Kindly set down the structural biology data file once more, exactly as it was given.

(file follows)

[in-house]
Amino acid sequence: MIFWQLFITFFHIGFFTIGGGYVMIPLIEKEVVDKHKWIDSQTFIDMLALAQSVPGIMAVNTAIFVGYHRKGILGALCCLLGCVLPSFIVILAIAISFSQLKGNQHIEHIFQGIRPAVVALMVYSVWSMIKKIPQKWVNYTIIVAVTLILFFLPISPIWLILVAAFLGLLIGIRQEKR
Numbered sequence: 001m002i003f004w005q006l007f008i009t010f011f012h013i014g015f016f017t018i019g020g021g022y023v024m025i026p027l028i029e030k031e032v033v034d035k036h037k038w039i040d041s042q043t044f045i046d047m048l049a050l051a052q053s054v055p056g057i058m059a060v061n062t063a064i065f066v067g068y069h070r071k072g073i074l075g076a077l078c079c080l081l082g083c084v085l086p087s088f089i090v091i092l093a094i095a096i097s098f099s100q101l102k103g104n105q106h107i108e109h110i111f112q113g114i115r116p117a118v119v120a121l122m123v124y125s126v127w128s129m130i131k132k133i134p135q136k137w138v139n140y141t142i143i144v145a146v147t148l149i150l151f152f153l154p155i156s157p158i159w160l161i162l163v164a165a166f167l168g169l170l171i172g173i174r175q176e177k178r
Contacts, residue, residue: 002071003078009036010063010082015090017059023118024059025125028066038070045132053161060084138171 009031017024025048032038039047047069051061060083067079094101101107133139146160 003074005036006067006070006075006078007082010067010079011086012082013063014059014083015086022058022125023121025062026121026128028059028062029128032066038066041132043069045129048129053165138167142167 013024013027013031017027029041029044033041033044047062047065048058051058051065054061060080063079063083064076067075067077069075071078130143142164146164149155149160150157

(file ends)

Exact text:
[in-house]
Amino acid sequence: MIFWQLFITFFHIGFFTIGGGYVMIPLIEKEVVDKHKWIDSQTFIDMLALAQSVPGIMAVNTAIFVGYHRKGILGALCCLLGCVLPSFIVILAIAISFSQLKGNQHIEHIFQGIRPAVVALMVYSVWSMIKKIPQKWVNYTIIVAVTLILFFLPISPIWLILVAAFLGLLIGIRQEKR
Numbered sequence: 001m002i003f004w005q006l007f008i009t010f011f012h013i014g015f016f017t018i019g020g021g022y023v024m025i026p027l028i029e030k031e032v033v034d035k036h037k038w039i040d041s042q043t044f045i046d047m048l049a050l051a052q053s054v055p056g057i058m059a060v061n062t063a064i065f066v067g068y069h070r071k072g073i074l075g076a077l078c079c080l081l082g083c084v085l086p087s088f089i090v091i092l093a094i095a096i097s098f099s100q101l102k103g104n105q106h107i108e109h110i111f112q113g114i115r116p117a118v119v120a121l122m123v124y125s126v127w128s129m130i131k132k133i134p135q136k137w138v139n140y141t142i143i144v145a146v147t148l149i150l151f152f153l154p155i156s157p158i159w160l161i162l163v164a165a166f167l168g169l170l171i172g173i174r175q176e177k178r
Contacts, residue, residue: 002071003078009036010063010082015090017059023118024059025125028066038070045132053161060084138171 009031017024025048032038039047047069051061060083067079094101101107133139146160 003074005036006067006070006075006078007082010067010079011086012082013063014059014083015086022058022125023121025062026121026128028059028062029128032066038066041132043069045129048129053165138167142167 013024013027013031017027029041029044033041033044047062047065048058051058051065054061060080063079063083064076067075067077069075071078130143142164146164149155149160150157